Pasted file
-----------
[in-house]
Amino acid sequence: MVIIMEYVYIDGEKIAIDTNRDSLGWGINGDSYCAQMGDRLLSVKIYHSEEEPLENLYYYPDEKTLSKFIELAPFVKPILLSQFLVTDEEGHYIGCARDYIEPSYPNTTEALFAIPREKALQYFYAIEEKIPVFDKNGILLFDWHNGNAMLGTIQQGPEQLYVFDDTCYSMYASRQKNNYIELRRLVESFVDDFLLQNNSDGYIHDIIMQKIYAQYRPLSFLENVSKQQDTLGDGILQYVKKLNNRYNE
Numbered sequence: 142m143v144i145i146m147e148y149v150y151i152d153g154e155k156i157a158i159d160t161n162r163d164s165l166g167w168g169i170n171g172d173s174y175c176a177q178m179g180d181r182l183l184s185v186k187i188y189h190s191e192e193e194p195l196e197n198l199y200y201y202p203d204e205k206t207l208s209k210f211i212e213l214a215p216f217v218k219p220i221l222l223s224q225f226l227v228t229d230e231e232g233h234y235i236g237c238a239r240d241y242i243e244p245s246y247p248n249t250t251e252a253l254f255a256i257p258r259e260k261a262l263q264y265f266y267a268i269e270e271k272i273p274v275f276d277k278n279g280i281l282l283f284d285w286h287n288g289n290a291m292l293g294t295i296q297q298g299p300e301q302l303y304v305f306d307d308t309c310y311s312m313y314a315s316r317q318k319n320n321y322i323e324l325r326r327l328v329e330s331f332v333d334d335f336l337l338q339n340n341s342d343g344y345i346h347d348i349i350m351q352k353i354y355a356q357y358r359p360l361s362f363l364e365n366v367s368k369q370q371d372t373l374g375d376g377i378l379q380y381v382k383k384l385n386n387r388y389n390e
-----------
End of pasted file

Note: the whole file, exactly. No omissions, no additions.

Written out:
[in-house]
Amino acid sequence: MVIIMEYVYIDGEKIAIDTNRDSLGWGINGDSYCAQMGDRLLSVKIYHSEEEPLENLYYYPDEKTLSKFIELAPFVKPILLSQFLVTDEEGHYIGCARDYIEPSYPNTTEALFAIPREKALQYFYAIEEKIPVFDKNGILLFDWHNGNAMLGTIQQGPEQLYVFDDTCYSMYASRQKNNYIELRRLVESFVDDFLLQNNSDGYIHDIIMQKIYAQYRPLSFLENVSKQQDTLGDGILQYVKKLNNRYNE
Numbered sequence: 142m143v144i145i146m147e148y149v150y151i152d153g154e155k156i157a158i159d160t161n162r163d164s165l166g167w168g169i170n171g172d173s174y175c176a177q178m179g180d181r182l183l184s185v186k187i188y189h190s191e192e193e194p195l196e197n198l199y200y201y202p203d204e205k206t207l208s209k210f211i212e213l214a215p216f217v218k219p220i221l222l223s224q225f226l227v228t229d230e231e232g233h234y235i236g237c238a239r240d241y242i243e244p245s246y247p248n249t250t251e252a253l254f255a256i257p258r259e260k261a262l263q264y265f266y267a268i269e270e271k272i273p274v275f276d277k278n279g280i281l282l283f284d285w286h287n288g289n290a291m292l293g294t295i296q297q298g299p300e301q302l303y304v305f306d307d308t309c310y311s312m313y314a315s316r317q318k319n320n321y322i323e324l325r326r327l328v329e330s331f332v333d334d335f336l337l338q339n340n341s342d343g344y345i346h347d348i349i350m351q352k353i354y355a356q357y358r359p360l361s362f363l364e365n366v367s368k369q370q371d372t373l374g375d376g377i378l379q380y381v382k383k384l385n386n387r388y389n390e